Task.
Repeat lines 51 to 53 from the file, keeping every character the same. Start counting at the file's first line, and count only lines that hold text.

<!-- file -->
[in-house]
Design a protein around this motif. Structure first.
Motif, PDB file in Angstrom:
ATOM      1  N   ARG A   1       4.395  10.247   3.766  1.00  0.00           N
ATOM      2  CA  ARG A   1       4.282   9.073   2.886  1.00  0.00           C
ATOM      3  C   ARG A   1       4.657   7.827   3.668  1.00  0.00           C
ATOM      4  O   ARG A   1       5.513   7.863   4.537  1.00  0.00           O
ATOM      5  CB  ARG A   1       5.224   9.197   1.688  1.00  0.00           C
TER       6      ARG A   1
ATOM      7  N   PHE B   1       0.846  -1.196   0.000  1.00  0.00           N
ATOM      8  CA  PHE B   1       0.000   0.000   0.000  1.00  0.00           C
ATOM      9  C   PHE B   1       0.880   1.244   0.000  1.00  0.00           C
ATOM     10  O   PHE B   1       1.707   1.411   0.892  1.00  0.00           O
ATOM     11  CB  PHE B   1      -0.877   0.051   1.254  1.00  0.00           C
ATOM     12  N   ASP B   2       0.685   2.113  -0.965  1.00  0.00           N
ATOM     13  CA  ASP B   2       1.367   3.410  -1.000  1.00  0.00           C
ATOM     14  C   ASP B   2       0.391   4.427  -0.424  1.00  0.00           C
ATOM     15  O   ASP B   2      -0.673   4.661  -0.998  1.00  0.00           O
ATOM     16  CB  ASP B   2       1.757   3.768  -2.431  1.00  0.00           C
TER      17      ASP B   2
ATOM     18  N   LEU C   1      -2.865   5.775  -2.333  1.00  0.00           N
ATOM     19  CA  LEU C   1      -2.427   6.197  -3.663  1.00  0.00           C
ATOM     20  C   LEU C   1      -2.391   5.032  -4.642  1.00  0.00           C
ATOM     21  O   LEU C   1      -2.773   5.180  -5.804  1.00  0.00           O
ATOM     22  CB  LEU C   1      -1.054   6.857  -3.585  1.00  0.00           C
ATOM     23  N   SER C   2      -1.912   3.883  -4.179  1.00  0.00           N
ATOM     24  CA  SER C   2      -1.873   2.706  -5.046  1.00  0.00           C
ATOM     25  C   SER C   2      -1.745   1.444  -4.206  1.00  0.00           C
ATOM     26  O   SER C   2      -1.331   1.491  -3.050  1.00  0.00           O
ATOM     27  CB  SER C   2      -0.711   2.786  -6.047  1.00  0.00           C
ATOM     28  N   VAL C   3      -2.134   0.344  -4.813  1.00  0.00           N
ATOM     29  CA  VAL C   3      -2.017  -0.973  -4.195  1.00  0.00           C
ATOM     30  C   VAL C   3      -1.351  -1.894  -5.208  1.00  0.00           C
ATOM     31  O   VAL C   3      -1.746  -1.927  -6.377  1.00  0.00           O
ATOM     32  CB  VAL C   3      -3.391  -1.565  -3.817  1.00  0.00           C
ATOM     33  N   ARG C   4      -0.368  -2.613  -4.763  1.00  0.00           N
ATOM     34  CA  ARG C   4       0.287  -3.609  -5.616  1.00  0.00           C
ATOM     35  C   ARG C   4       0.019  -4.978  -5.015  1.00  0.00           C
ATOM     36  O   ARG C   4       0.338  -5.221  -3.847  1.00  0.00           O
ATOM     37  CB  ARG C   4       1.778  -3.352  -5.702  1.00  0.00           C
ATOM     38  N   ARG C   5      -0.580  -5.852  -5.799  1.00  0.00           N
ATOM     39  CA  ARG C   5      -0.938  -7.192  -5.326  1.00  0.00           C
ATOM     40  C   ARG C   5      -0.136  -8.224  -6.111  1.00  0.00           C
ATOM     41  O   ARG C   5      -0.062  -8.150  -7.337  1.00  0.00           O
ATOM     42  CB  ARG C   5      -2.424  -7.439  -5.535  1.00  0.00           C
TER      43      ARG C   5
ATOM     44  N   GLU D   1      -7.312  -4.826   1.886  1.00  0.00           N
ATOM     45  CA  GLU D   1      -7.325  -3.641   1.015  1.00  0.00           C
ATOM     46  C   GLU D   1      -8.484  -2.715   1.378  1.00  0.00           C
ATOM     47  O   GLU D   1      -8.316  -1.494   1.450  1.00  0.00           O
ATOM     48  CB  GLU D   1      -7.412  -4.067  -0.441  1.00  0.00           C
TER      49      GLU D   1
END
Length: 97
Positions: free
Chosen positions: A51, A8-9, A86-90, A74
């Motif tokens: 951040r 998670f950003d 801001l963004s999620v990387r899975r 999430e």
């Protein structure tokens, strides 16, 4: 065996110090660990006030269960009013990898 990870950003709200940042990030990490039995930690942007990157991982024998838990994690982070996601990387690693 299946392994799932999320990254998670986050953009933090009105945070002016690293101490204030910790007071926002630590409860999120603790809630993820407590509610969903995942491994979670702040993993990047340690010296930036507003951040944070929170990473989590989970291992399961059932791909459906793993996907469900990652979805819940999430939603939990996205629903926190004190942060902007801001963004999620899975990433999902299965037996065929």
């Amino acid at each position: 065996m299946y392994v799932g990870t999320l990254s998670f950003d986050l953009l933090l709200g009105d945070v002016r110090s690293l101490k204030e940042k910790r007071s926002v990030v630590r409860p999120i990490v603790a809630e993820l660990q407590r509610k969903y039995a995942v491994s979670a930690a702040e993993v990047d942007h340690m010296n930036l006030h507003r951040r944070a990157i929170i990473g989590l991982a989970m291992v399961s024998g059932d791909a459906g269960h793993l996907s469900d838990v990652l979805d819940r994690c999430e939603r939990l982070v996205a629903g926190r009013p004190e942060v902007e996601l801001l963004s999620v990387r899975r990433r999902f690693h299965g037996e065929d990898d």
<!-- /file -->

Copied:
ATOM     48  CB  GLU D   1      -7.412  -4.067  -0.441  1.00  0.00           C
TER      49      GLU D   1
END